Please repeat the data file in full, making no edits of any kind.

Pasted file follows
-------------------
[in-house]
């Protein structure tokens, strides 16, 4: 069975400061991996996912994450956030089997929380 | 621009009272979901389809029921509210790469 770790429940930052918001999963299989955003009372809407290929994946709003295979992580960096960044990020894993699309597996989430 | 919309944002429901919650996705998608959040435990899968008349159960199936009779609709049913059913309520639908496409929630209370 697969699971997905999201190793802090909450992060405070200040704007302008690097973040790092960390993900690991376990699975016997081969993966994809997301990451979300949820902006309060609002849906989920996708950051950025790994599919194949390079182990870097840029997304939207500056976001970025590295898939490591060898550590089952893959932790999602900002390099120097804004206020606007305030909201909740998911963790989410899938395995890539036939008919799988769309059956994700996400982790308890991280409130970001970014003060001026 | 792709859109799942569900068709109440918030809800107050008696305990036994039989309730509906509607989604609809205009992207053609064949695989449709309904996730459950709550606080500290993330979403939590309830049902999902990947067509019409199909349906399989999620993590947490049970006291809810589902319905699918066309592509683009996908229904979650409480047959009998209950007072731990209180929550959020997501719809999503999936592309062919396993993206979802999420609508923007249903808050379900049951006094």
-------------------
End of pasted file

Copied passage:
[in-house]
């Protein structure tokens, strides 16, 4: 069975400061991996996912994450956030089997929380 | 621009009272979901389809029921509210790469 770790429940930052918001999963299989955003009372809407290929994946709003295979992580960096960044990020894993699309597996989430 | 919309944002429901919650996705998608959040435990899968008349159960199936009779609709049913059913309520639908496409929630209370 697969699971997905999201190793802090909450992060405070200040704007302008690097973040790092960390993900690991376990699975016997081969993966994809997301990451979300949820902006309060609002849906989920996708950051950025790994599919194949390079182990870097840029997304939207500056976001970025590295898939490591060898550590089952893959932790999602900002390099120097804004206020606007305030909201909740998911963790989410899938395995890539036939008919799988769309059956994700996400982790308890991280409130970001970014003060001026 | 792709859109799942569900068709109440918030809800107050008696305990036994039989309730509906509607989604609809205009992207053609064949695989449709309904996730459950709550606080500290993330979403939590309830049902999902990947067509019409199909349906399989999620993590947490049970006291809810589902319905699918066309592509683009996908229904979650409480047959009998209950007072731990209180929550959020997501719809999503999936592309062919396993993206979802999420609508923007249903808050379900049951006094």